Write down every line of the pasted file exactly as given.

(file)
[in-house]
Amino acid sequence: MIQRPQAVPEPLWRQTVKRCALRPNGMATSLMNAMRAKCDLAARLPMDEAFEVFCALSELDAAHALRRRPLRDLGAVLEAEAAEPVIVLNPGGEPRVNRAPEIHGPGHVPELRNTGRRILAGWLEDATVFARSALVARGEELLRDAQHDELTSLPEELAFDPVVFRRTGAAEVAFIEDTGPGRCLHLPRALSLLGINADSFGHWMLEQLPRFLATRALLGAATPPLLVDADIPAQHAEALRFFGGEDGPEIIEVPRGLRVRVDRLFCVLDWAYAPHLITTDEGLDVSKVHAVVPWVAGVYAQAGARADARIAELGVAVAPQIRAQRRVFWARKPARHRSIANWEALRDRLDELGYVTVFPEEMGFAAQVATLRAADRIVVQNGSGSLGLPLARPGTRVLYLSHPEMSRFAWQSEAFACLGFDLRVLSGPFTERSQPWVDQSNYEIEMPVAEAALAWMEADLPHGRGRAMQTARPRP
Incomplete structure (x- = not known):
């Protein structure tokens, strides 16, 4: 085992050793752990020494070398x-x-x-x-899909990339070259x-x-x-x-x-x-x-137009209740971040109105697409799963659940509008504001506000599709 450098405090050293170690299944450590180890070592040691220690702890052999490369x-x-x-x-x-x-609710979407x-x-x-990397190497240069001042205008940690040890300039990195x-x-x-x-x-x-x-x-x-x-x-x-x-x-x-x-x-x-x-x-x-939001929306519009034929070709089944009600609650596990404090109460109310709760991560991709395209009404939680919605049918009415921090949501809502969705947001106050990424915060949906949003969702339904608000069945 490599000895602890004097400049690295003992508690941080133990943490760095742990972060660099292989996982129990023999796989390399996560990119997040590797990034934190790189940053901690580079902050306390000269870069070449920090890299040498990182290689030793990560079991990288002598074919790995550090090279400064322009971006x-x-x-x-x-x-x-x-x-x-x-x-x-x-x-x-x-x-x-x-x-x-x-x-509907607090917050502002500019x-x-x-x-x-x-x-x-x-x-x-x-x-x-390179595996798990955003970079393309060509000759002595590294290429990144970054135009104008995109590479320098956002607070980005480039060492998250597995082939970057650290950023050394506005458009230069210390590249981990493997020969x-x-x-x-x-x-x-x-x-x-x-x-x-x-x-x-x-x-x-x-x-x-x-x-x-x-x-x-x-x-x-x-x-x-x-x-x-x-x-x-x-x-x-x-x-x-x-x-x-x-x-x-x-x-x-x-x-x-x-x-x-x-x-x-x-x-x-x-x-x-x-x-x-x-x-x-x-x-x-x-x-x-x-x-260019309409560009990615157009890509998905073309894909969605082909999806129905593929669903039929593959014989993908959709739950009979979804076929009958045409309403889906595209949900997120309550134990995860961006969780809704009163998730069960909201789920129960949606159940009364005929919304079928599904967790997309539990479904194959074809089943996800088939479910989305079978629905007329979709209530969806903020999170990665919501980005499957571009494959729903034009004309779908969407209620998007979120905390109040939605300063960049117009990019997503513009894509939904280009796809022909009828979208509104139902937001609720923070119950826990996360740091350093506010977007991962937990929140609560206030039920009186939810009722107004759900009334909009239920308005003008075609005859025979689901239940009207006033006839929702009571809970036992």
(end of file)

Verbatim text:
[in-house]
Amino acid sequence: MIQRPQAVPEPLWRQTVKRCALRPNGMATSLMNAMRAKCDLAARLPMDEAFEVFCALSELDAAHALRRRPLRDLGAVLEAEAAEPVIVLNPGGEPRVNRAPEIHGPGHVPELRNTGRRILAGWLEDATVFARSALVARGEELLRDAQHDELTSLPEELAFDPVVFRRTGAAEVAFIEDTGPGRCLHLPRALSLLGINADSFGHWMLEQLPRFLATRALLGAATPPLLVDADIPAQHAEALRFFGGEDGPEIIEVPRGLRVRVDRLFCVLDWAYAPHLITTDEGLDVSKVHAVVPWVAGVYAQAGARADARIAELGVAVAPQIRAQRRVFWARKPARHRSIANWEALRDRLDELGYVTVFPEEMGFAAQVATLRAADRIVVQNGSGSLGLPLARPGTRVLYLSHPEMSRFAWQSEAFACLGFDLRVLSGPFTERSQPWVDQSNYEIEMPVAEAALAWMEADLPHGRGRAMQTARPRP
Incomplete structure (x- = not known):
């Protein structure tokens, strides 16, 4: 085992050793752990020494070398x-x-x-x-899909990339070259x-x-x-x-x-x-x-137009209740971040109105697409799963659940509008504001506000599709 450098405090050293170690299944450590180890070592040691220690702890052999490369x-x-x-x-x-x-609710979407x-x-x-990397190497240069001042205008940690040890300039990195x-x-x-x-x-x-x-x-x-x-x-x-x-x-x-x-x-x-x-x-x-939001929306519009034929070709089944009600609650596990404090109460109310709760991560991709395209009404939680919605049918009415921090949501809502969705947001106050990424915060949906949003969702339904608000069945 490599000895602890004097400049690295003992508690941080133990943490760095742990972060660099292989996982129990023999796989390399996560990119997040590797990034934190790189940053901690580079902050306390000269870069070449920090890299040498990182290689030793990560079991990288002598074919790995550090090279400064322009971006x-x-x-x-x-x-x-x-x-x-x-x-x-x-x-x-x-x-x-x-x-x-x-x-509907607090917050502002500019x-x-x-x-x-x-x-x-x-x-x-x-x-x-390179595996798990955003970079393309060509000759002595590294290429990144970054135009104008995109590479320098956002607070980005480039060492998250597995082939970057650290950023050394506005458009230069210390590249981990493997020969x-x-x-x-x-x-x-x-x-x-x-x-x-x-x-x-x-x-x-x-x-x-x-x-x-x-x-x-x-x-x-x-x-x-x-x-x-x-x-x-x-x-x-x-x-x-x-x-x-x-x-x-x-x-x-x-x-x-x-x-x-x-x-x-x-x-x-x-x-x-x-x-x-x-x-x-x-x-x-x-x-x-x-x-260019309409560009990615157009890509998905073309894909969605082909999806129905593929669903039929593959014989993908959709739950009979979804076929009958045409309403889906595209949900997120309550134990995860961006969780809704009163998730069960909201789920129960949606159940009364005929919304079928599904967790997309539990479904194959074809089943996800088939479910989305079978629905007329979709209530969806903020999170990665919501980005499957571009494959729903034009004309779908969407209620998007979120905390109040939605300063960049117009990019997503513009894509939904280009796809022909009828979208509104139902937001609720923070119950826990996360740091350093506010977007991962937990929140609560206030039920009186939810009722107004759900009334909009239920308005003008075609005859025979689901239940009207006033006839929702009571809970036992």